The first SimCity computer game debuted in 1989, featuring a simulated city-building program. It seemed like an innocent enough concept, and almost extensively educational at that. The object of the game was to build fully functioning cities that could withstand the impact of various disastrous scenarios, ranging from the realistic (1906 San Francisco earthquake) to ridiculous (Tokyo attacked by unlicensed Godzilla knockoff). Upon first glance the game seemed tedious, but it quickly became exceptionally addictive. Dealing with zoning laws and tax codes are a small consolation for the unlimited control of our little city. We commanded our anonymous miniature townspeople to do our bidding, and we saw that it was good.

SimCity was a runaway success, leading to countless reincarnations and reinventions. Clearly, people just could not get enough of ruling their own microcosmic universes. It was a pretty good feeling, after all. For the cost of a computer game, you could elevate yourself to the status of almighty ruler. All in all, not a bad deal.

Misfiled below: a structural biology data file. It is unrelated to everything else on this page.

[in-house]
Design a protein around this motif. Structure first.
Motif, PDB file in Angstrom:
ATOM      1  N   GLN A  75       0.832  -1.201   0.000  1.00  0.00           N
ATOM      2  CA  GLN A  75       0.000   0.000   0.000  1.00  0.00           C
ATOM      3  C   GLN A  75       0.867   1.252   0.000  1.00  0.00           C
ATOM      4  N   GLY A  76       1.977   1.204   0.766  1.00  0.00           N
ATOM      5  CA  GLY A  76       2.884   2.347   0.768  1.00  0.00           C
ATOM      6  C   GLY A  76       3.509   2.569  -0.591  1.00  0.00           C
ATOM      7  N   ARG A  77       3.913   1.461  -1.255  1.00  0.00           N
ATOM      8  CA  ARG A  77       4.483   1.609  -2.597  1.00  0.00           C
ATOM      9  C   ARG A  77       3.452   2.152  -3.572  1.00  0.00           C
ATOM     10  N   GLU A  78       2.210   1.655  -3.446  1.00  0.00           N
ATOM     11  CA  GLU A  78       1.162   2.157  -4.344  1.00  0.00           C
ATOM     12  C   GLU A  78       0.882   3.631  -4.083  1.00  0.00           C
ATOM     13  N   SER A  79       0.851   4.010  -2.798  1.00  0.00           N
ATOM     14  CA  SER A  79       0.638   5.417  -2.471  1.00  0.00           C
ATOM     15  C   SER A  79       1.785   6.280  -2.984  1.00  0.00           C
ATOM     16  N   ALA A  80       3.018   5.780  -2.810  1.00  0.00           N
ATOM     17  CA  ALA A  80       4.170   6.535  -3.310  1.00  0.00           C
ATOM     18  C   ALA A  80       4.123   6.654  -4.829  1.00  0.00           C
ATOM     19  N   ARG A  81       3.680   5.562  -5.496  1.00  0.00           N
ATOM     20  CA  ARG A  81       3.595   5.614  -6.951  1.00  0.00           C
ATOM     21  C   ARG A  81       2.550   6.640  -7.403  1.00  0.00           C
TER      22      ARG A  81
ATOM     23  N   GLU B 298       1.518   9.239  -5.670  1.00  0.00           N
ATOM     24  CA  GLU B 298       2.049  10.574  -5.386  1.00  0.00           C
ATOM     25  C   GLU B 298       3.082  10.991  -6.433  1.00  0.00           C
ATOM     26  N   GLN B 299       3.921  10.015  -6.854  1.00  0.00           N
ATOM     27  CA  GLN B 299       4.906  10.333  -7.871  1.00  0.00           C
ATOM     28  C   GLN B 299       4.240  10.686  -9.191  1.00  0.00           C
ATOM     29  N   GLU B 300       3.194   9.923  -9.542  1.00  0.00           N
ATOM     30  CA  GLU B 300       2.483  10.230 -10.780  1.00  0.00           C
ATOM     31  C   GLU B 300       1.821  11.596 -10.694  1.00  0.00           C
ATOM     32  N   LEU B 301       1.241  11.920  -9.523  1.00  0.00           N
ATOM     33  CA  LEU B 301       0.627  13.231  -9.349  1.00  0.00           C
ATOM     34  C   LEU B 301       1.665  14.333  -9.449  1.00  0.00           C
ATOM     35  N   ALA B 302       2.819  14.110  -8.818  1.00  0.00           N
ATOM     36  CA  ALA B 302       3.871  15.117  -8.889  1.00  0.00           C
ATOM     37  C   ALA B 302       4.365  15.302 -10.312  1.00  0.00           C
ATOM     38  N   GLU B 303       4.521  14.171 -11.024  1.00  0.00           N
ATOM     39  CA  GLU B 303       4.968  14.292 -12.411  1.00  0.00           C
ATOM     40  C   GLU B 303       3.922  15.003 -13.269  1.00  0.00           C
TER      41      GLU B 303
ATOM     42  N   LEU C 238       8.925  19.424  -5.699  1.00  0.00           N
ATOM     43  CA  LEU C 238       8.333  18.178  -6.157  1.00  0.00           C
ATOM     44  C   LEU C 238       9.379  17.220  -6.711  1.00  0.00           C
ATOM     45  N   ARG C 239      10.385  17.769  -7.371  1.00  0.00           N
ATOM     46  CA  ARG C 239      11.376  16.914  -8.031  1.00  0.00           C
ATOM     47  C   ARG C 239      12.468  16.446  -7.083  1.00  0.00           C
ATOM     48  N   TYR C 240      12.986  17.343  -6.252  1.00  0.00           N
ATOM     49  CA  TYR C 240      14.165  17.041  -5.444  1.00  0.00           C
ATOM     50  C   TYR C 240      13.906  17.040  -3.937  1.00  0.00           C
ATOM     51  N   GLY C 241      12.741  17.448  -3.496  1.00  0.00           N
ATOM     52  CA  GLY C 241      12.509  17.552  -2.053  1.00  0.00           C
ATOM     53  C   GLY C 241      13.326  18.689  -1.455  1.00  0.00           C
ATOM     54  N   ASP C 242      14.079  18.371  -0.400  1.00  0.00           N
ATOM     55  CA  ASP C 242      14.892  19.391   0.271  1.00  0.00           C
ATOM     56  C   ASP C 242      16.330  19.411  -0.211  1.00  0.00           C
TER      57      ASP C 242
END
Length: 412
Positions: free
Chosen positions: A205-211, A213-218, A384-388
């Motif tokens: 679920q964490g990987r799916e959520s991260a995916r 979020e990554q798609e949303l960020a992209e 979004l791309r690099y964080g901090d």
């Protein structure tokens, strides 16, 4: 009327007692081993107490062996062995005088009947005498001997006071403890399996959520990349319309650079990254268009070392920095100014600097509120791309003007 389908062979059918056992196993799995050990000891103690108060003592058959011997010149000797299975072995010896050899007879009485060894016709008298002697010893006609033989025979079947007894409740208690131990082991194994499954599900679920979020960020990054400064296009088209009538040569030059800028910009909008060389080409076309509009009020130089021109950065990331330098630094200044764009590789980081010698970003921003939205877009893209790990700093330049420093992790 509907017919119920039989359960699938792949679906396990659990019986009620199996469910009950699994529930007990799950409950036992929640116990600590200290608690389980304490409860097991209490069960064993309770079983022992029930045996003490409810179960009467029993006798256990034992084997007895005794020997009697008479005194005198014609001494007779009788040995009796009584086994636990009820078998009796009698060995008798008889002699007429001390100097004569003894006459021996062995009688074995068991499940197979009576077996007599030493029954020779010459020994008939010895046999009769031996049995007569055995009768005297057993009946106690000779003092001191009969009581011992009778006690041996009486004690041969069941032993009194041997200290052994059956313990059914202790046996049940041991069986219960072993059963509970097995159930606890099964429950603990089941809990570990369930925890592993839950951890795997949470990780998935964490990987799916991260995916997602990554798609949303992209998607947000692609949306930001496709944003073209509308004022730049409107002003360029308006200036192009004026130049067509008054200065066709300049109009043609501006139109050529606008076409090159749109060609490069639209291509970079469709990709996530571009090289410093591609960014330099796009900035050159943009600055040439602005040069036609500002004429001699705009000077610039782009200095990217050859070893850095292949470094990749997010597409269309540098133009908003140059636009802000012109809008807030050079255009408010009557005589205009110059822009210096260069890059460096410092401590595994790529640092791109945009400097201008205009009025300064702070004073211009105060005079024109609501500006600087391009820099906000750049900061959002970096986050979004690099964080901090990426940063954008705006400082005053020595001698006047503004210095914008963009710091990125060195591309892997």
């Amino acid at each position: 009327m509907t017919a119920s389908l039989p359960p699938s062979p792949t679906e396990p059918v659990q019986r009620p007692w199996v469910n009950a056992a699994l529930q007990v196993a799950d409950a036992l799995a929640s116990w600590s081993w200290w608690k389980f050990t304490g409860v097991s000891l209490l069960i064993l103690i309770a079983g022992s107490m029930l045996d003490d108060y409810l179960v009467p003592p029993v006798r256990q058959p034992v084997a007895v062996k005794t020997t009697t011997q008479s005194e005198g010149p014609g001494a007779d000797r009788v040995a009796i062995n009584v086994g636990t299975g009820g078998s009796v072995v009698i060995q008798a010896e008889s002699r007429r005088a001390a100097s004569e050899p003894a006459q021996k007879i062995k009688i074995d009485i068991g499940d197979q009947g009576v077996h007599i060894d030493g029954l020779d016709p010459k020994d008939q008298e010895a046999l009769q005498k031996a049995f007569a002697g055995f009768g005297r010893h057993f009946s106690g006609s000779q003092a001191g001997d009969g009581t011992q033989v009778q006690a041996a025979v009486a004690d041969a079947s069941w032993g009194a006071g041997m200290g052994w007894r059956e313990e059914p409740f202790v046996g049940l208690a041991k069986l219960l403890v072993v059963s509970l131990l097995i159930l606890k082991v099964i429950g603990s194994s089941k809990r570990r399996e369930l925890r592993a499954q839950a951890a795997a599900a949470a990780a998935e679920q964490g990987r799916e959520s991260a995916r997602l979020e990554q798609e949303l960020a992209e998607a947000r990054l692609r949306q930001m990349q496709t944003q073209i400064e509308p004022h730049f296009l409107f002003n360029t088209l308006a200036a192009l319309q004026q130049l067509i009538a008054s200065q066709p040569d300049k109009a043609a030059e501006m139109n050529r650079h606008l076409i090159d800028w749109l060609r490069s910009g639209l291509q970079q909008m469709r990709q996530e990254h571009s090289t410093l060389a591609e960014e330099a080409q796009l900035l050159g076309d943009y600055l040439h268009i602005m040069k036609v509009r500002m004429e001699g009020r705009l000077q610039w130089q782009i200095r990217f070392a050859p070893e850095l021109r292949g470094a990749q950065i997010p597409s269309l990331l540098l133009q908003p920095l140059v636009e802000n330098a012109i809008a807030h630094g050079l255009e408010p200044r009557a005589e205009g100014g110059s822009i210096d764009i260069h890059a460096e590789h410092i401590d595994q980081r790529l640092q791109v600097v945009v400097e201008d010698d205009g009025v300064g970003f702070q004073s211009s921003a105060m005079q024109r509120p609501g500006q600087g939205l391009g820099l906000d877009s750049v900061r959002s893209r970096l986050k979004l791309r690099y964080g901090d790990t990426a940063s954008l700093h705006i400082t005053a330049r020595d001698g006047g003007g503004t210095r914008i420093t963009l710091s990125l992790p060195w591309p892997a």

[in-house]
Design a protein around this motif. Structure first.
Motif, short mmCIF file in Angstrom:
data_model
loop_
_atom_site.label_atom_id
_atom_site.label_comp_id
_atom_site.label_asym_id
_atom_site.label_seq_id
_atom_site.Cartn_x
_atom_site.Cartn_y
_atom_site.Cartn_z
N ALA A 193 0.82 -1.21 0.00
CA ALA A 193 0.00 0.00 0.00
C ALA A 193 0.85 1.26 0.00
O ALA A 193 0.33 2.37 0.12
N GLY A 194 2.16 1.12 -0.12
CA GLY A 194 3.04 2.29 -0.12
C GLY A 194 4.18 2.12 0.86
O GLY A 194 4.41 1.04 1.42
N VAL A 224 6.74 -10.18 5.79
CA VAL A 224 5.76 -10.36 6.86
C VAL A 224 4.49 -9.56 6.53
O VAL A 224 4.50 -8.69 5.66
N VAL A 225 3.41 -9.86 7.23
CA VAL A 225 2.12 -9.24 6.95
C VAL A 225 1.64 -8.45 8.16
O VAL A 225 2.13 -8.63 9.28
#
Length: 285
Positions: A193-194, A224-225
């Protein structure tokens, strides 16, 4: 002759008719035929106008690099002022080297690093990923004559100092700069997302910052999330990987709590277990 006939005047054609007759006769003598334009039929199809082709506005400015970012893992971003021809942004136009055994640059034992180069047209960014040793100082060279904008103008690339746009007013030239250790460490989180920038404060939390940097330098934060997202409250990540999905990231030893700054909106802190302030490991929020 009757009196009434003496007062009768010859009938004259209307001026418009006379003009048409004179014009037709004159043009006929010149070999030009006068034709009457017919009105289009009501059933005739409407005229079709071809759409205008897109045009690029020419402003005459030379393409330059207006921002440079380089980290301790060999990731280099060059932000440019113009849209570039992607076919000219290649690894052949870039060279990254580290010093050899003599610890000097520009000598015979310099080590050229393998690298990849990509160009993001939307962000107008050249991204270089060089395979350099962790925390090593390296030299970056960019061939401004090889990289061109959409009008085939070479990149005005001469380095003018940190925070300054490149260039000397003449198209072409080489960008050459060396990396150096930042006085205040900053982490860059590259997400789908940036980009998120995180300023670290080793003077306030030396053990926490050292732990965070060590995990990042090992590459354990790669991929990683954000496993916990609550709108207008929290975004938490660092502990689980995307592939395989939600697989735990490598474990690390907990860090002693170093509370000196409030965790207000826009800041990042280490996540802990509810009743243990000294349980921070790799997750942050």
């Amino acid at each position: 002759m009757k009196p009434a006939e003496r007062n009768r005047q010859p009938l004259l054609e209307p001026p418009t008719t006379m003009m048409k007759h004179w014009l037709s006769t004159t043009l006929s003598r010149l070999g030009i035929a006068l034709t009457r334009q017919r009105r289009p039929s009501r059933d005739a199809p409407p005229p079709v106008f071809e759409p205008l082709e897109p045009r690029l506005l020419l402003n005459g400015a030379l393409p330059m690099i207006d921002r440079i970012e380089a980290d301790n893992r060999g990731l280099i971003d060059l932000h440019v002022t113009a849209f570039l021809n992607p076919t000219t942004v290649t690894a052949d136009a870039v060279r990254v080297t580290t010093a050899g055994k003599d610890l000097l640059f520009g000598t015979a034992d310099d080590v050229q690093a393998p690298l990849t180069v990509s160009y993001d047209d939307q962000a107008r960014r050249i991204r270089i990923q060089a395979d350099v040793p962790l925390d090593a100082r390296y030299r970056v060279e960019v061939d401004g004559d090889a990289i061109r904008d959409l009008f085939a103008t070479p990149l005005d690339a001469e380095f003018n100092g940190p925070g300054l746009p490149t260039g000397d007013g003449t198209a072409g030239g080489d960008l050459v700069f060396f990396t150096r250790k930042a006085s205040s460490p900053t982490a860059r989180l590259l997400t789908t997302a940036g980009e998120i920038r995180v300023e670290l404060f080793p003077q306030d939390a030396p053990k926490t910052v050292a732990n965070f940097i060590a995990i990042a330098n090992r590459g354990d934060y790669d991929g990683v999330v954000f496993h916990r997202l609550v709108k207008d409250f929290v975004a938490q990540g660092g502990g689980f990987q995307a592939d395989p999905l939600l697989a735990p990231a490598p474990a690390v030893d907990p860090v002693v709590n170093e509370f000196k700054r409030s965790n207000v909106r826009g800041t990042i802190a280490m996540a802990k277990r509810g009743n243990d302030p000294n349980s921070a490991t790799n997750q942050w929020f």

The follow-ups to SimCity were endless. We had SimEarth, in which we got to design and guide the development of your very own planet. There was SimLife, allowing us the opportunity to mold the "genetic playground" of an ecosystem of plants and animals. We even had SimFarm, a primitive predecessor to that pesky Farmville on Facebook. The next time you have to endure endless newsfeed posts regarding the sad encounter of an ugly duckling or sad brown cow found wandering on the outskirts of a friend's farm, you may want to shake your fist in disgust at the Sim creators who planted the idea in the first place. Yes, I said planted. It's a farm pun. Get over it.

Early predecessor of Farmville? We may never know, but I'm going to blame them either way